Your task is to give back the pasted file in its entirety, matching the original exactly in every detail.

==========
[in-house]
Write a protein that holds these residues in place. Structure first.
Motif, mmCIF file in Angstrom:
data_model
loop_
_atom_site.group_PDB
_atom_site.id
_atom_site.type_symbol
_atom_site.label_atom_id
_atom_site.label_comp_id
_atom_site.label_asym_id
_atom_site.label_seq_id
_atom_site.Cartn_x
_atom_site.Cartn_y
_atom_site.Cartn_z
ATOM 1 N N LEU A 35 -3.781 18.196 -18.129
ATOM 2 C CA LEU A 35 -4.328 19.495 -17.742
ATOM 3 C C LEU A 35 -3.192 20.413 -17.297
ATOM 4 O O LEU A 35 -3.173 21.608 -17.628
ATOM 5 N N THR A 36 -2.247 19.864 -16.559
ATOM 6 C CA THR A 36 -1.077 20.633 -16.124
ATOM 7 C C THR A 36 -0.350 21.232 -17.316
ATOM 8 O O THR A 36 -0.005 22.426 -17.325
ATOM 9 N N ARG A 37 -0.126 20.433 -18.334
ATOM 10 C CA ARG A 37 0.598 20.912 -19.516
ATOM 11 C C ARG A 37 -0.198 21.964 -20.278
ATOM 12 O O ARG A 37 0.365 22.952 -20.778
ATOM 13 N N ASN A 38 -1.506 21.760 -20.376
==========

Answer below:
[in-house]
Write a protein that holds these residues in place. Structure first.
Motif, mmCIF file in Angstrom:
data_model
loop_
_atom_site.group_PDB
_atom_site.id
_atom_site.type_symbol
_atom_site.label_atom_id
_atom_site.label_comp_id
_atom_site.label_asym_id
_atom_site.label_seq_id
_atom_site.Cartn_x
_atom_site.Cartn_y
_atom_site.Cartn_z
ATOM 1 N N LEU A 35 -3.781 18.196 -18.129
ATOM 2 C CA LEU A 35 -4.328 19.495 -17.742
ATOM 3 C C LEU A 35 -3.192 20.413 -17.297
ATOM 4 O O LEU A 35 -3.173 21.608 -17.628
ATOM 5 N N THR A 36 -2.247 19.864 -16.559
ATOM 6 C CA THR A 36 -1.077 20.633 -16.124
ATOM 7 C C THR A 36 -0.350 21.232 -17.316
ATOM 8 O O THR A 36 -0.005 22.426 -17.325
ATOM 9 N N ARG A 37 -0.126 20.433 -18.334
ATOM 10 C CA ARG A 37 0.598 20.912 -19.516
ATOM 11 C C ARG A 37 -0.198 21.964 -20.278
ATOM 12 O O ARG A 37 0.365 22.952 -20.778
ATOM 13 N N ASN A 38 -1.506 21.760 -20.376